Naturespeak A naturalist's view of the world

April 22, 2016

A Shameful Case of False Advertising

Filed under: Uncategorized — wykes @ 8:21 pm

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I knew it was my moment. I purchased a pack of Cow Seeds at a garage sale. The package looked a bit worn, but thought the black & white contents might still be viable. The 10 cent price tag was ridiculously low, given that they could potentially produce 5 full grown Holsteins and, although I didn’t know exactly how much they were worth, I did know that cows were very expensive items. Keeping cool and poker-faced I boldly negotiated the price down to 5 cents and smugly walked away knowing I had bested the seller (Jack was his name – a beanstalk of a fellow who obviously didn’t know beans about value).

Because the season was late, I waited until this spring before actually planting the bovine seeds. Even though the instructions clearly stated that cow seeds did not need manure, (because they produced their own), I opted to throw them into a patch of manured ground on a small farm located west of Mackinaw City. I had no idea who owned the farmland, but thought that immaterial. My decision was hasty, but not udderly without thought. I’d return soon after and claim my animals – citing accidental planting and exhibiting the torn empty package as proof. I’d offer the farmers a few dollars for their time, feed and care of my stock and drive off with my cows in tow. Good sound reasoning, yes?

I even had it figured out that I could tap the animals for milk every few days using my left-over maple syrup spiles and buckets. If, by chance, any bulls turned up in the bunch they would have to be butchered for market using my Swiss Army Knife tool array.  But, since this package was clearly labelled Cow Seeds I doubted such a thing could happen. If it did then there would be a clear case of false advertising and the courts would back me all the way.

In retrospect, my naiveté couldn’t have been more profound. I could only have wished to deal with a simple bull issue! I suspect now that they were not, and never were, Cow Seeds but instead deliberately doctored knock-offs made to look like Cow Seeds. These seeds did not produce cows, or any sort of bovine – heck, you’d expect an errant pig or two in the mix but the trouble was much darker. Snow Buntings sprouted from the frozen manure when they were planted. Yes, Snow Buntings.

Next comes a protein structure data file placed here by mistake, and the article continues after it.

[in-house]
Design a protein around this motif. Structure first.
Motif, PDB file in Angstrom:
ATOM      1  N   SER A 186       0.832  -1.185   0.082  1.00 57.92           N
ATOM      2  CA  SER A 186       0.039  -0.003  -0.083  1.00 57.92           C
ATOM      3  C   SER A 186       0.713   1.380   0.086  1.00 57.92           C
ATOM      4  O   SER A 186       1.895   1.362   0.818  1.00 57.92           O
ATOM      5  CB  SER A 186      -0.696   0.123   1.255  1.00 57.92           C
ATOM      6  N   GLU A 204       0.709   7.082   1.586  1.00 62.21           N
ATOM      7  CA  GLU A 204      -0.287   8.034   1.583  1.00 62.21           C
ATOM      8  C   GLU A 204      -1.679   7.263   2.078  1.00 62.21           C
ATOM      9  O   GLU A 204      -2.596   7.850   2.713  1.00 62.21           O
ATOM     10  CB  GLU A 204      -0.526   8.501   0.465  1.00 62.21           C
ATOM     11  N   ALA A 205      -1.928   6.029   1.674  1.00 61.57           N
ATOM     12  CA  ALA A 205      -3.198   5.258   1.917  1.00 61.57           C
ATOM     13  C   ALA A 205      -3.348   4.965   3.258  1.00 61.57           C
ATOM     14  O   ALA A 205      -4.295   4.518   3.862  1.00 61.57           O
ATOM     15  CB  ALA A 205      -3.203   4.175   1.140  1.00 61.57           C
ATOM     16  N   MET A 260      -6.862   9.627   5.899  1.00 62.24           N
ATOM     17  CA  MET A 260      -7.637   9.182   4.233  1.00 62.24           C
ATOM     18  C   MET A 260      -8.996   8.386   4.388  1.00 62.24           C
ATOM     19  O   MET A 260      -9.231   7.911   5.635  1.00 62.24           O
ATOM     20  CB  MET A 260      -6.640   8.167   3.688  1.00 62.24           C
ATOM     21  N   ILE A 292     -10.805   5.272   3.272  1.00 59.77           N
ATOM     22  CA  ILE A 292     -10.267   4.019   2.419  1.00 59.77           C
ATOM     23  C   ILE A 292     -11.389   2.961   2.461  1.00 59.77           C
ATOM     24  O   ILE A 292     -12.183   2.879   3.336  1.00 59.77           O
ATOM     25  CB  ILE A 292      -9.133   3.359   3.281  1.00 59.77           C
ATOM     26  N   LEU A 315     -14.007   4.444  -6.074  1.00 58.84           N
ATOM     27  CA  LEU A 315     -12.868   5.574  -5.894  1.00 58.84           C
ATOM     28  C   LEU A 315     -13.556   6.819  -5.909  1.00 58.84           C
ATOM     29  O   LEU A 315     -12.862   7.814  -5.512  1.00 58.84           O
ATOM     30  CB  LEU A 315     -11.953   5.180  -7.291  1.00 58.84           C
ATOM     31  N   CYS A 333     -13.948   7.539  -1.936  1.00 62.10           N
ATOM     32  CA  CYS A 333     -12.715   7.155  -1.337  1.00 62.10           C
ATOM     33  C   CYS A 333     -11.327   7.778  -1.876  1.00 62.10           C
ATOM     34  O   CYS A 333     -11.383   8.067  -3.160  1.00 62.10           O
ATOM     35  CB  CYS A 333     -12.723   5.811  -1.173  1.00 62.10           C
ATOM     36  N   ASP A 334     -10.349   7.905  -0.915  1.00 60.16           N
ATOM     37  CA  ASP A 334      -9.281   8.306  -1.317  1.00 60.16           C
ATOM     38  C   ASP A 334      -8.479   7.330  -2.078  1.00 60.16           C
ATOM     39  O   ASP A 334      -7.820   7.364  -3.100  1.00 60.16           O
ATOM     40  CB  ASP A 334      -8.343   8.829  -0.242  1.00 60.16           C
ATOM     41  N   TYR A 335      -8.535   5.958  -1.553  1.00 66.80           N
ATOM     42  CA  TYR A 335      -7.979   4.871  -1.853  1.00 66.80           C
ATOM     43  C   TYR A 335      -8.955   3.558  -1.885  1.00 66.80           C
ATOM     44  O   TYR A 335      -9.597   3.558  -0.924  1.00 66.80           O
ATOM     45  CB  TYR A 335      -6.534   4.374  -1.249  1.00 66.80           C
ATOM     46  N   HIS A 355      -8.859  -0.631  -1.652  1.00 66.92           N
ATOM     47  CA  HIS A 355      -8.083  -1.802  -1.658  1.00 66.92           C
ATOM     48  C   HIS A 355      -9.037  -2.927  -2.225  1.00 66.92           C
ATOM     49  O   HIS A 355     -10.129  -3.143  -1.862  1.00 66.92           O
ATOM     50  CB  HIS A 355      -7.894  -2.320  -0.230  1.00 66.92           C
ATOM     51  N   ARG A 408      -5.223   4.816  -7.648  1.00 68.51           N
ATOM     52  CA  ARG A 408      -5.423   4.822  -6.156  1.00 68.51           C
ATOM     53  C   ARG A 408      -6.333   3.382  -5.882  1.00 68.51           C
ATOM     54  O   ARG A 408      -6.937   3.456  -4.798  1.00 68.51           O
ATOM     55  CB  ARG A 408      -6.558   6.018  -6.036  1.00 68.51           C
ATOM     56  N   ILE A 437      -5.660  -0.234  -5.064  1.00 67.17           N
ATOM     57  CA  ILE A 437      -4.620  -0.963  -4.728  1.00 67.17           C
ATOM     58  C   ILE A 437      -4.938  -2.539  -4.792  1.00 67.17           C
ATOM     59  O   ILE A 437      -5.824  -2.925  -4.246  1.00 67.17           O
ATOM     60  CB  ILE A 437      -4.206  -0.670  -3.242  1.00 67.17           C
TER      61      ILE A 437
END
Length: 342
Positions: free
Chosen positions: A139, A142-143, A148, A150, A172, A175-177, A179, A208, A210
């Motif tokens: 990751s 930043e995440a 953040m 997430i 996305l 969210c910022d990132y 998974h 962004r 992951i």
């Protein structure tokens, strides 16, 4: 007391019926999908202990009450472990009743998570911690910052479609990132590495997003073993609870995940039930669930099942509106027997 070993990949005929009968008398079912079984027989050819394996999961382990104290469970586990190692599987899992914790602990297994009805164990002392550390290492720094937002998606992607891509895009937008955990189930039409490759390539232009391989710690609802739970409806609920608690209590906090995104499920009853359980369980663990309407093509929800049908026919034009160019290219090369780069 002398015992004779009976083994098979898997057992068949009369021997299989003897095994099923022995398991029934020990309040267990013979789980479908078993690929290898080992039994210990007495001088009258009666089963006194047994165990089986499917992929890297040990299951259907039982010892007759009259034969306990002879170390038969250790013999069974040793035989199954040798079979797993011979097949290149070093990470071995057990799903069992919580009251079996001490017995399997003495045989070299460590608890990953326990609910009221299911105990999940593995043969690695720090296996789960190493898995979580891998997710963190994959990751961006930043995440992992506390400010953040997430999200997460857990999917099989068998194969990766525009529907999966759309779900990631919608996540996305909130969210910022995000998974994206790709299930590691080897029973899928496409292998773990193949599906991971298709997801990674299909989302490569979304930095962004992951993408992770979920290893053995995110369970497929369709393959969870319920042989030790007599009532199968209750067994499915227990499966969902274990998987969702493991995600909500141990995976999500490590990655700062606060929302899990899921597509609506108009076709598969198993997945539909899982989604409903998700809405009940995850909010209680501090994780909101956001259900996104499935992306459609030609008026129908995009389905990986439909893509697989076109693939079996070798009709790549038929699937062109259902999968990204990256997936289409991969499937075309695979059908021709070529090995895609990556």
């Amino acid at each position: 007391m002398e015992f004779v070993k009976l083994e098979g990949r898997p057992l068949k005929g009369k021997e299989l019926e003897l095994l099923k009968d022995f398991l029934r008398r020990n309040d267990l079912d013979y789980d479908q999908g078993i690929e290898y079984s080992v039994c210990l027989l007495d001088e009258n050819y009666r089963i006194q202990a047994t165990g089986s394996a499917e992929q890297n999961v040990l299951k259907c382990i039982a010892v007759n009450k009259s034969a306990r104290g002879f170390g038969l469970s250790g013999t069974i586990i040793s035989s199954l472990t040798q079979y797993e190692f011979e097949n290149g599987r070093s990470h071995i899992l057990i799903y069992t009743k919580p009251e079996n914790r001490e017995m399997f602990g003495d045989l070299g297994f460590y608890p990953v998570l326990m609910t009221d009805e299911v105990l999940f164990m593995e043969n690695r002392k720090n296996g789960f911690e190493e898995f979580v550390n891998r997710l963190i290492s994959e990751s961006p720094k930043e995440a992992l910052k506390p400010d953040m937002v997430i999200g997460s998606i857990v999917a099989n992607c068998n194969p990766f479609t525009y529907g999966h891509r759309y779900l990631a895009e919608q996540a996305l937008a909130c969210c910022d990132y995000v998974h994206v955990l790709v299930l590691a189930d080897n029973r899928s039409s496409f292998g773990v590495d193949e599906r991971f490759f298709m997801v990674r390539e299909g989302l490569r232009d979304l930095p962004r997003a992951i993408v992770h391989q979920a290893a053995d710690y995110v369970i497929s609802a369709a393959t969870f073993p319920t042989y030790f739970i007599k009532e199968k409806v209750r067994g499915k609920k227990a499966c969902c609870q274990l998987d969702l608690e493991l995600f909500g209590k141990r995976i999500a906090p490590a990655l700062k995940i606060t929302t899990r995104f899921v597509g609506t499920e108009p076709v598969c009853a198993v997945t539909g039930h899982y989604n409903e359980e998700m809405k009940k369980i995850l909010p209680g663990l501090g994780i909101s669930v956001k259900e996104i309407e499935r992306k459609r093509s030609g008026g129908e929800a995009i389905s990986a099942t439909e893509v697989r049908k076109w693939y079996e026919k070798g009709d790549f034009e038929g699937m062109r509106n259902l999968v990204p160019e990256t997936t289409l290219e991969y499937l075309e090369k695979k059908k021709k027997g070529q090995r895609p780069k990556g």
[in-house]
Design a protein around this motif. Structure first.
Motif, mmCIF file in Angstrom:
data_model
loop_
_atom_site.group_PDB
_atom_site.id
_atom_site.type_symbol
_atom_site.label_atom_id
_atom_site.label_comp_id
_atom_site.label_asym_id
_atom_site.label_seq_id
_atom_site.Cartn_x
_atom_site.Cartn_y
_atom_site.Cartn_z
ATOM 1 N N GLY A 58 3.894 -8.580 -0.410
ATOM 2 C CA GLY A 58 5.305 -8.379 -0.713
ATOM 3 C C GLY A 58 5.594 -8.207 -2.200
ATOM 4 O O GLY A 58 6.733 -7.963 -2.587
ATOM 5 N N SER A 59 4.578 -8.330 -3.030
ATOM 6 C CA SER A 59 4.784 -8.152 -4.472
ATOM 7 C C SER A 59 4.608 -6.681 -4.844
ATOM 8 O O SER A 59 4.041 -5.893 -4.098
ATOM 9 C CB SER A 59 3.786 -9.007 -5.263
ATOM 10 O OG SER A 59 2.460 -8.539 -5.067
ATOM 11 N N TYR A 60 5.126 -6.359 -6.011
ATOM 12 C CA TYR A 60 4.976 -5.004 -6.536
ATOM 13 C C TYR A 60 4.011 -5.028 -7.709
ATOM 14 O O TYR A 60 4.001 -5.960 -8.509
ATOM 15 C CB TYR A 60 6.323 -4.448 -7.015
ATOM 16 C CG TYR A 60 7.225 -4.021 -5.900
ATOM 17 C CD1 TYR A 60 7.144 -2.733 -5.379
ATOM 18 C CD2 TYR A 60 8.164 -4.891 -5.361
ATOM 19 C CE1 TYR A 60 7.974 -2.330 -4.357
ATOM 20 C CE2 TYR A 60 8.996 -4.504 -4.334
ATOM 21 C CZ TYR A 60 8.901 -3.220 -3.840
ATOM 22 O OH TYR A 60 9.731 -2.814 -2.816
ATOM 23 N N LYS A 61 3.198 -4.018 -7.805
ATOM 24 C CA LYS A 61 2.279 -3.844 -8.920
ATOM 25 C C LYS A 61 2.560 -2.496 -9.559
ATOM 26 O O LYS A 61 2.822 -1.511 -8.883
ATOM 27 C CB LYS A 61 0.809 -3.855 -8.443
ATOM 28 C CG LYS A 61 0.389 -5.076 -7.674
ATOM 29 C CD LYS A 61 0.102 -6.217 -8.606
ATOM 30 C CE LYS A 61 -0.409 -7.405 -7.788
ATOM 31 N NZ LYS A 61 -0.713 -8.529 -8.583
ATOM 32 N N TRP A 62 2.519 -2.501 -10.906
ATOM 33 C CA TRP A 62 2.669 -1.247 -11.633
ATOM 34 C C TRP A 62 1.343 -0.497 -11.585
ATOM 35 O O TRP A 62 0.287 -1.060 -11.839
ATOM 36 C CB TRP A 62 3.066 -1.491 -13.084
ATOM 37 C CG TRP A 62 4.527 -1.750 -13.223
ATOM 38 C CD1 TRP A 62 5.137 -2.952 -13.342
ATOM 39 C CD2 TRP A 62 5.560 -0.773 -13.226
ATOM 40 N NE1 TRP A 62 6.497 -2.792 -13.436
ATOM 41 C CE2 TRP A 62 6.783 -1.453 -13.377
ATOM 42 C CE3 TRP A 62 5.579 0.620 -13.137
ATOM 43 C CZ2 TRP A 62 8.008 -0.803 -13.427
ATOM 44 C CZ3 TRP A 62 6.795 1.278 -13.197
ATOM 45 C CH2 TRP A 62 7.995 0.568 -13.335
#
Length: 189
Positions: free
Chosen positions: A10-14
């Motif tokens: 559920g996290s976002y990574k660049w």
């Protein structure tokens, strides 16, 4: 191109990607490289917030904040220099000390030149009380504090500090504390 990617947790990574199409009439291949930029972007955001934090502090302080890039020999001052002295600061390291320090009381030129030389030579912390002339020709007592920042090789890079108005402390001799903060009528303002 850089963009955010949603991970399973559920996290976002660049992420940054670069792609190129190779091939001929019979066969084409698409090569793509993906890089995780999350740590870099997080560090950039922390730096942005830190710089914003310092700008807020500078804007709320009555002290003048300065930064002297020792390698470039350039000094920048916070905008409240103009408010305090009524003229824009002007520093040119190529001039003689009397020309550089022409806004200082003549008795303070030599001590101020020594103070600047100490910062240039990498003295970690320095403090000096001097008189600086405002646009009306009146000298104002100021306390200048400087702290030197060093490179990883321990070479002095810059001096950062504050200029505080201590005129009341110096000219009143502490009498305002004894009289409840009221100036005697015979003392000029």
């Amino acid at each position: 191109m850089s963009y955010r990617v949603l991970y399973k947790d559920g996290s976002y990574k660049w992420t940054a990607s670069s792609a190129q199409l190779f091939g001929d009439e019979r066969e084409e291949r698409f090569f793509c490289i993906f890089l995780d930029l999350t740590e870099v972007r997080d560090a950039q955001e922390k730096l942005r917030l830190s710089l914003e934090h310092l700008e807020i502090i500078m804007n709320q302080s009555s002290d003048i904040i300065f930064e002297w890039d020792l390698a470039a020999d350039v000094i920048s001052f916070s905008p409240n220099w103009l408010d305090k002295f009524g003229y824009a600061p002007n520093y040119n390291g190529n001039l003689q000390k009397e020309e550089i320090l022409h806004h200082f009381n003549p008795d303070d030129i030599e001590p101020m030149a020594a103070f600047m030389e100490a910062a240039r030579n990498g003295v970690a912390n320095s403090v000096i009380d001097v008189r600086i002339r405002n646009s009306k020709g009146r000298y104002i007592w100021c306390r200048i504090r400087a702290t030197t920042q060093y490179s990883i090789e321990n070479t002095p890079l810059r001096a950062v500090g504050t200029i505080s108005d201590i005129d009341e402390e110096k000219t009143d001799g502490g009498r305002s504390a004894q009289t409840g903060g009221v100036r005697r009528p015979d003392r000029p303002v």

Snow Bunting photo IMG_2509_zpsfu2res6r.jpg  Snow Buntings photo IMG_2488_zpsdqbnfzsw.jpg

I’ll take some minuscule blame here. I’m not a completely ignorant. Perhaps it was a bad idea to plant the seeds on a bitter cold April day. There was always that slight risk that the resulting cows would turn out to be Yaks or Musk Oxen if the temperature was on the cool side. Perhaps Mackinaw wasn’t the smartest location either. They could have emerged as ready-tanned tourist Moccasins for sale in one of the main street shops.  Even cow birds would be on the list of expected potential unlikely outcomes, but for God’s sake who’d expect a flock of tiny flighty Snow Birds.

Trying to make root beer out of the lemons handed me, I started to snap off pictures of the birds. Not only would these be valuable proof in the ensuing law suit but I really hadn’t been this close to live Snow Buntings before. Most of these temporary winter residents were gravitating back north to their high tundra breeding grounds by this time. The males were decked out in their glorious black and white courtship garb.

Snow Bunting photo IMG_2505_zpsadqw8euo.jpg

Snow Buntings don’t molt into breeding colors. They achieve the phase through feather wear. Earlier in the season most of the body feathers were tipped in yellow brown – in which case the males looked like the females. The feather tips deteriorate over the season and leave only the stark contrasting shades intact.